American Dreamer Review: Peter Dinklage Sabotages Himself In A Dour Comedy-Drama [Tribeca]

In "American Dreamer," Dr. Phil Loder (Peter Dinklage) is a long-suffering adjunct professor at Harvard who heads to work in the same shabby car, hangs up his hat in the same shabby closet space of an office, and gets a sad ham sandwich from the same shabby vending machine every day. After a day of lecturing about the economy to uninterested students, he heads to his shabby studio apartment and feeds his neighbor's cats, before sitting down to browse Zillow for houses he can't afford and picking away at his semi-autobiographical novella. Occasionally, his real estate agent friend Dell (an eerily smiley Matt Dillon) will invite him to a viewing of a million-dollar dream house that Phil will sabotage with rants about the state of the economy.

But amid all his grousing and self-loathing, Phil is a dreamer: he dreams of four walls and a house to call his own, the so-called American Dream that he speaks of so passionately, losing the veil of irony with which he treats the rest of his life. And, miraculously, it seems like he's got a chance at that dream when he spots an advertisement in the Classifieds for a beautiful — and affordable — manor with one condition: he has to live in the house with the aging wheelchair-bound owner (Shirley MacLaine, whose entire direction in this movie might just have been "quirky"), limited to the upper level until she passes. But, naturally, this win-win situation isn't what it's cracked up to be.

Based on the "true story" of a segment from the podcast "This American Life," "American Dreamer" is a dour dramedy that has trouble balancing the perspective of its nihilist protagonist within its cutesy narrative. The result is a tonally confused comedy-drama that slowly forgets to keep up the comedy, despite the great efforts (and many a slapstick moment) from its infinitely charismatic star Peter Dinklage.

A house is not a home

Peter Dinklage plays a great misanthrope. That much is true — he's got the perfect face for it, so expressive and capable of conveying every tortured emotion his character goes through. And Phil is quite the misanthrope, a perpetually unhappy cynic who goes through life as if the world has it out for him. In some ways, it does; we learn through pained interactions with Phil's "friends," along with the interstitial glimpses of his ongoing novella, that he was an orphan who bounced from foster home to foster home. That's why he's always longed to own a home of his own — even if this pipe dream has earned him the mockery of Dell who, despite his skepticism of Phil being able to afford to buy a house, helps him with the deal that lands Phil the house of his dreams. With Dinklage's incredible skill as a performer, it should be easy to sympathize with Phil, especially as this perfect deal falls apart, right?

The problem is, Phil is also an idiot. You'd think, as a professor of economics at Harvard, he would think through this harebrained contract that leaves him living in an upstairs apartment of a grand house, waiting for the house's owner to die. But it's only when he moves in and realizes that the owner, Astrid, is not as decrepit as he was lead to believe, nor as alone in the world. She in fact is hale and healthy, bustling around the house with a wine glass in hand, or around the perfectly manicured yard with shears in hand. And she's frequently visited by an army of her kids, one of which is a beautiful lawyer (Kimberly Quinn) who is immediately contentious with Phil. It's clear that Phil has been scammed or misled in some way, and he reacts in the worst manner possible: by sneaking around Astrid's house and hiring a private investigator, getting in all kinds of scrapes (with more broken glass and more cringey sexual exploits than you'd expect a normal person to encounter) that lead to him getting increasingly injured and disillusioned.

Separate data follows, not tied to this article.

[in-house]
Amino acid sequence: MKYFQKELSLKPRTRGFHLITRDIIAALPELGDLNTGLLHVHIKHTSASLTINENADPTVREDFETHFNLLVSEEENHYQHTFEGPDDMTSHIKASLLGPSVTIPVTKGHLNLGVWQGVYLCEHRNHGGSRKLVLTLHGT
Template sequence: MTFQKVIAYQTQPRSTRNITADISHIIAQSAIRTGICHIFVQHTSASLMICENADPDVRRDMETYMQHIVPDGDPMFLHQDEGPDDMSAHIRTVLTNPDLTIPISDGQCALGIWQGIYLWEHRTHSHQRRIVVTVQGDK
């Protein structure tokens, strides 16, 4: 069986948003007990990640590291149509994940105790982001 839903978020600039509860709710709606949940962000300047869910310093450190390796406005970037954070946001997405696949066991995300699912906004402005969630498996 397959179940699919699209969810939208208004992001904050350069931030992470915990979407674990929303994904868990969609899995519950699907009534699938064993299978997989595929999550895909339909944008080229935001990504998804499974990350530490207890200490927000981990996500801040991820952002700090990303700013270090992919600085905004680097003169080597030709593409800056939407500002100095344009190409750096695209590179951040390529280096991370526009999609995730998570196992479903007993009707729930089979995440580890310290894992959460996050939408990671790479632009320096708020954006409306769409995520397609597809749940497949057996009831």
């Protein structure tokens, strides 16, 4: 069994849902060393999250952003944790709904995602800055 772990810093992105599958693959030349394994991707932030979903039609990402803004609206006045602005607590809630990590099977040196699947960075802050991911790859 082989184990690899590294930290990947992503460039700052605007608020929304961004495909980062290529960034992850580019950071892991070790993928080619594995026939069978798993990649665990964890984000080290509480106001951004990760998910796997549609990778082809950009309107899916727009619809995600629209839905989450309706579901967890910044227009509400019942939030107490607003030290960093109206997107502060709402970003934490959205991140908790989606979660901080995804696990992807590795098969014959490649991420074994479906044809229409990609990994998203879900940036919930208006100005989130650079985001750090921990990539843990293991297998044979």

It's an outlandish premise that only gets goofier as the film goes on, which becomes a problem, because the tone of "American Dreamer" doesn't get any less dour. In fact, it seems to adopt Phil's whole cynical worldview, which makes the film more tiresome to watch as it goes on. Which is a shame, because there are moments of bright wit and sparkling humor that hint at a better movie hidden within here — one that knows how to better utilize Dinklage's talents, and one that has a less hilariously simplistic view of women — if only the script by Theodore Melfi ("Hidden Figures") could've been punched up a little. And director Paul Dektor, making his feature directorial debut, seems lost with the film, occasionally throwing in stylistic touches that feel distinctive enough to live up to the film's "dark comedy" label — a weird fantasy here, a solid understanding of color palette to reflect mood there — but it all becomes a bit muddled and broad.

Dinklage and Dillon are fun to watch, especially when they're onscreen together, and there is the fun occasional appearance by Danny Pudi as Phil's coworker, but the central relationship between Dinklage's Phil and MacLaine's Astrid feels half-baked. Dinklage does his best, and for the first hour of the film, almost makes "American Dreamer" seem worth the heartache and cringe comedy. But "American Dreamer" seems unwilling to embrace the sentimentality that its title suggests, instead couching itself in an irony that keeps the audience at arm's distance.

/Film Rating: 5 out of 10